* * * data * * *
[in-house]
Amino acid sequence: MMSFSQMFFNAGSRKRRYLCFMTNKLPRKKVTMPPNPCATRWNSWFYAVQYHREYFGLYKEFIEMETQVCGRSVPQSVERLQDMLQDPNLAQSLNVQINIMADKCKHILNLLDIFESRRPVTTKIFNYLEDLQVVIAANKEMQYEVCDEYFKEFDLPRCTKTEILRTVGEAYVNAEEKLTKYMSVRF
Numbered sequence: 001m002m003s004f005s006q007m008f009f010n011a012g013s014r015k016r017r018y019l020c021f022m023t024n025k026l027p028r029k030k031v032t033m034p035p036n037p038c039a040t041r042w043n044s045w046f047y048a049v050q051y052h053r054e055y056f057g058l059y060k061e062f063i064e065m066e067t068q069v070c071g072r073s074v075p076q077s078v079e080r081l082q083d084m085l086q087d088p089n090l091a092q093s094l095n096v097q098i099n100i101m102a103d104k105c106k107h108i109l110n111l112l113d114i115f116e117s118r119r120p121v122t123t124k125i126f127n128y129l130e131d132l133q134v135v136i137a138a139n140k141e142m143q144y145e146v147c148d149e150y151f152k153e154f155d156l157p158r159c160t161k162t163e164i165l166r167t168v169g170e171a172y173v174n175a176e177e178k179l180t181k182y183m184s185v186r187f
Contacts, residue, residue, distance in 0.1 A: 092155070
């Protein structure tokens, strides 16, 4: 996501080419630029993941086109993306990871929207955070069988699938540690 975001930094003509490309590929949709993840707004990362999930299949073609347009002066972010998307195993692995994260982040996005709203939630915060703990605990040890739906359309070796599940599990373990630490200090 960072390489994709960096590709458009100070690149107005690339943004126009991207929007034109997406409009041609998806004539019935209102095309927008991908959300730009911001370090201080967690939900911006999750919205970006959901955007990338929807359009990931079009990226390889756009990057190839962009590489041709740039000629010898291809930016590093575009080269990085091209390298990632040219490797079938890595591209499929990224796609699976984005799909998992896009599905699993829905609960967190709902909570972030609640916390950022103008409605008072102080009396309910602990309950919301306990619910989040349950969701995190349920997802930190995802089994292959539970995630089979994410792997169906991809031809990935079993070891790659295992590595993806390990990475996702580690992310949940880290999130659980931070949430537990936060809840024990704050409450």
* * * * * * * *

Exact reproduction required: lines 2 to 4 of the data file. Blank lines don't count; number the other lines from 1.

Amino acid sequence: MMSFSQMFFNAGSRKRRYLCFMTNKLPRKKVTMPPNPCATRWNSWFYAVQYHREYFGLYKEFIEMETQVCGRSVPQSVERLQDMLQDPNLAQSLNVQINIMADKCKHILNLLDIFESRRPVTTKIFNYLEDLQVVIAANKEMQYEVCDEYFKEFDLPRCTKTEILRTVGEAYVNAEEKLTKYMSVRF
Numbered sequence: 001m002m003s004f005s006q007m008f009f010n011a012g013s014r015k016r017r018y019l020c021f022m023t024n025k026l027p028r029k030k031v032t033m034p035p036n037p038c039a040t041r042w043n044s045w046f047y048a049v050q051y052h053r054e055y056f057g058l059y060k061e062f063i064e065m066e067t068q069v070c071g072r073s074v075p076q077s078v079e080r081l082q083d084m085l086q087d088p089n090l091a092q093s094l095n096v097q098i099n100i101m102a103d104k105c106k107h108i109l110n111l112l113d114i115f116e117s118r119r120p121v122t123t124k125i126f127n128y129l130e131d132l133q134v135v136i137a138a139n140k141e142m143q144y145e146v147c148d149e150y151f152k153e154f155d156l157p158r159c160t161k162t163e164i165l166r167t168v169g170e171a172y173v174n175a176e177e178k179l180t181k182y183m184s185v186r187f
Contacts, residue, residue, distance in 0.1 A: 092155070